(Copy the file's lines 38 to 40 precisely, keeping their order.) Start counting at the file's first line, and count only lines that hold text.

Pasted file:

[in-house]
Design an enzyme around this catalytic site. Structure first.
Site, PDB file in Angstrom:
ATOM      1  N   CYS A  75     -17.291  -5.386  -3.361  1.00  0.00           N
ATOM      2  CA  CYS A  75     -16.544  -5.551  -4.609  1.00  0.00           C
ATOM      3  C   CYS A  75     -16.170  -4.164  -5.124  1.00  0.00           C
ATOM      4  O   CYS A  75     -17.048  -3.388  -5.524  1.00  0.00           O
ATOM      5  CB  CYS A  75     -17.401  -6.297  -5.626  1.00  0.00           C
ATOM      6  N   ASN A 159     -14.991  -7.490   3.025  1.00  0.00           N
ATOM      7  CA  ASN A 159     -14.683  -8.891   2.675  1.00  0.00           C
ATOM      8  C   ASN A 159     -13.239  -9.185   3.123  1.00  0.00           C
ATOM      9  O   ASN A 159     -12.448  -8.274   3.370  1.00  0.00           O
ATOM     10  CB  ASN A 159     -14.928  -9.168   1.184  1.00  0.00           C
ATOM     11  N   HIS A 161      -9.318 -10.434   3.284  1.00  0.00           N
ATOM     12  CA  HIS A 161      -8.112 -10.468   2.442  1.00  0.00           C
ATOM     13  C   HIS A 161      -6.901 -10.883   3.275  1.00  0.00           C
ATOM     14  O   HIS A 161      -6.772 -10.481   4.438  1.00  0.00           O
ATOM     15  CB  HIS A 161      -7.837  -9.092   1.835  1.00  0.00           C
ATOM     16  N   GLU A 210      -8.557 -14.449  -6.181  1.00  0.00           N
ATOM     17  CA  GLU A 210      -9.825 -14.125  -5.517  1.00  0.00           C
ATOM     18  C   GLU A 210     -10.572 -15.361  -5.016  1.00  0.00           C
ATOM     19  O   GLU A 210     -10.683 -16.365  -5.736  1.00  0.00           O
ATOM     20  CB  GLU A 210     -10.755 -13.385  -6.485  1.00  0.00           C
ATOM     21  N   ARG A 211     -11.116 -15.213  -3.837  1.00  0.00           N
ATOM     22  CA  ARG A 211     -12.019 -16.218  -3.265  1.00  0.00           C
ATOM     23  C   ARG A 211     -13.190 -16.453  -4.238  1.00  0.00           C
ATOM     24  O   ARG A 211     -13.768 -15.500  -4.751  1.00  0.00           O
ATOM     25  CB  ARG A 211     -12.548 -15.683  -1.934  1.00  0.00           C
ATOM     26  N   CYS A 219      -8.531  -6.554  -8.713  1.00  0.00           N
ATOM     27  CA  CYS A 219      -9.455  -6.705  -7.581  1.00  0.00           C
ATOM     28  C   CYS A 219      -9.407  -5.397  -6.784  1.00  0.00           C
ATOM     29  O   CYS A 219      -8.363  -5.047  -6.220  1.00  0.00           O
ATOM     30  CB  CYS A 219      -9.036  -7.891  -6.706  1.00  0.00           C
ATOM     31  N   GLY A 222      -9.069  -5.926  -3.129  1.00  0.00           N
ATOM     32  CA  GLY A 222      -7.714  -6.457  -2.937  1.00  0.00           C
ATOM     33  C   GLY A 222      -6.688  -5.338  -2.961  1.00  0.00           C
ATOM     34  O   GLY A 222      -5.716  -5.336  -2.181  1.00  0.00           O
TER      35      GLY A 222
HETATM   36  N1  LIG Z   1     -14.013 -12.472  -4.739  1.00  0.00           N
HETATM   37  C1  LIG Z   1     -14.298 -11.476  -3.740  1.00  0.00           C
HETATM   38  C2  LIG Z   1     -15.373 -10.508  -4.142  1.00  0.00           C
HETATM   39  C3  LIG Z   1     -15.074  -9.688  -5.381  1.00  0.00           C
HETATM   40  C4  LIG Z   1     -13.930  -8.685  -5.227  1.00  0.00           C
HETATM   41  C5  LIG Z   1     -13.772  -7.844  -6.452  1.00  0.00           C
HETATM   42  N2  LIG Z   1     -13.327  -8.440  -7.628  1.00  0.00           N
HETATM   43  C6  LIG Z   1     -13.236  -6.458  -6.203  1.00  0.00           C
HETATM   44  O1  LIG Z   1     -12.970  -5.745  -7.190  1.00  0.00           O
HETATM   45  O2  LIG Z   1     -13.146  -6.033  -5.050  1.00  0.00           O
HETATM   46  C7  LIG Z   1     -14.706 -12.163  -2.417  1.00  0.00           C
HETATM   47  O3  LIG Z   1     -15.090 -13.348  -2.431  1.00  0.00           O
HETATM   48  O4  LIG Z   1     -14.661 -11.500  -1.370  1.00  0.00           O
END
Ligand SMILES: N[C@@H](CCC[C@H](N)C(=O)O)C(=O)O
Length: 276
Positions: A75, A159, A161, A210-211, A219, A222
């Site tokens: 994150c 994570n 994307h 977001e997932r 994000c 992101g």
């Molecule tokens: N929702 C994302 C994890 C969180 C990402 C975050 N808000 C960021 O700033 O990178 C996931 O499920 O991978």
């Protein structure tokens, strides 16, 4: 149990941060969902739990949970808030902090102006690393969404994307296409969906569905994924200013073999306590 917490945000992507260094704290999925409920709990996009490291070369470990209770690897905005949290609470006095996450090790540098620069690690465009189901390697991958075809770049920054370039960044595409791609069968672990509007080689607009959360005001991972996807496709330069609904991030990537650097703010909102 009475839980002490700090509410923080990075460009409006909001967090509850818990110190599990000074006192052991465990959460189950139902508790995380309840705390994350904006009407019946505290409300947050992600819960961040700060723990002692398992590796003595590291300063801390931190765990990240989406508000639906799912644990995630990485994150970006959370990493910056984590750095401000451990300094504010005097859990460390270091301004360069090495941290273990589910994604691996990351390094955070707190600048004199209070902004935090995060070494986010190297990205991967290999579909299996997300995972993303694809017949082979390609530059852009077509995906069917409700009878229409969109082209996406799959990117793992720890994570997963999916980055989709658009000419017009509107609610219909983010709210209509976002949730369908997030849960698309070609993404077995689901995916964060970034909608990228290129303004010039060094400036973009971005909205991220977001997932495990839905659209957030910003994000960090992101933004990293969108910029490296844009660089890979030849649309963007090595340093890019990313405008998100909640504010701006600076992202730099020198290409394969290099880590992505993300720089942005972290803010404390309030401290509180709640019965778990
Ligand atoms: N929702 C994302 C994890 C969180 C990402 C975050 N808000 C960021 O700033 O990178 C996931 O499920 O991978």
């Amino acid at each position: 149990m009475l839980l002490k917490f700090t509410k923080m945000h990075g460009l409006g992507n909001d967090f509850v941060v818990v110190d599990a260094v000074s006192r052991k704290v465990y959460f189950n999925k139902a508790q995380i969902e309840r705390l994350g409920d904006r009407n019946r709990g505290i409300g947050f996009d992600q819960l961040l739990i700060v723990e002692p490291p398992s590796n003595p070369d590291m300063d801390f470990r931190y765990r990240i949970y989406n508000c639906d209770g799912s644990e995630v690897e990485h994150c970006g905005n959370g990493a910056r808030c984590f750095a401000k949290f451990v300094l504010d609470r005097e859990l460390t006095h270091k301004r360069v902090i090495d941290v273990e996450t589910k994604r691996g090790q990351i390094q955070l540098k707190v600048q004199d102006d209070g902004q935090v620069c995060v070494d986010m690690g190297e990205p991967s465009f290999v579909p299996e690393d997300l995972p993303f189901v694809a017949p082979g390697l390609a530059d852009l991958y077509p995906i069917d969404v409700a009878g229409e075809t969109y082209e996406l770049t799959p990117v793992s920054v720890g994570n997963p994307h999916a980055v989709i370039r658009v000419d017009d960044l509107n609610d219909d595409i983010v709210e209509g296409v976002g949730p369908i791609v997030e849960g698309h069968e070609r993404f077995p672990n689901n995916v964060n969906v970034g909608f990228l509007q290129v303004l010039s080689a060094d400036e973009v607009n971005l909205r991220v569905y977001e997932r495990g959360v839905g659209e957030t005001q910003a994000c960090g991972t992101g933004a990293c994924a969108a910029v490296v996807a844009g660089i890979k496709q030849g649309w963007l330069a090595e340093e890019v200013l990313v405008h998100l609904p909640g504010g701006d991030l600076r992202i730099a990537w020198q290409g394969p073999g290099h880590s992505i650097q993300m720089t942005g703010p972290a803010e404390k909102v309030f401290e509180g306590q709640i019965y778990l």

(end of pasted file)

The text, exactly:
TER      35      GLY A 222
HETATM   36  N1  LIG Z   1     -14.013 -12.472  -4.739  1.00  0.00           N
HETATM   37  C1  LIG Z   1     -14.298 -11.476  -3.740  1.00  0.00           C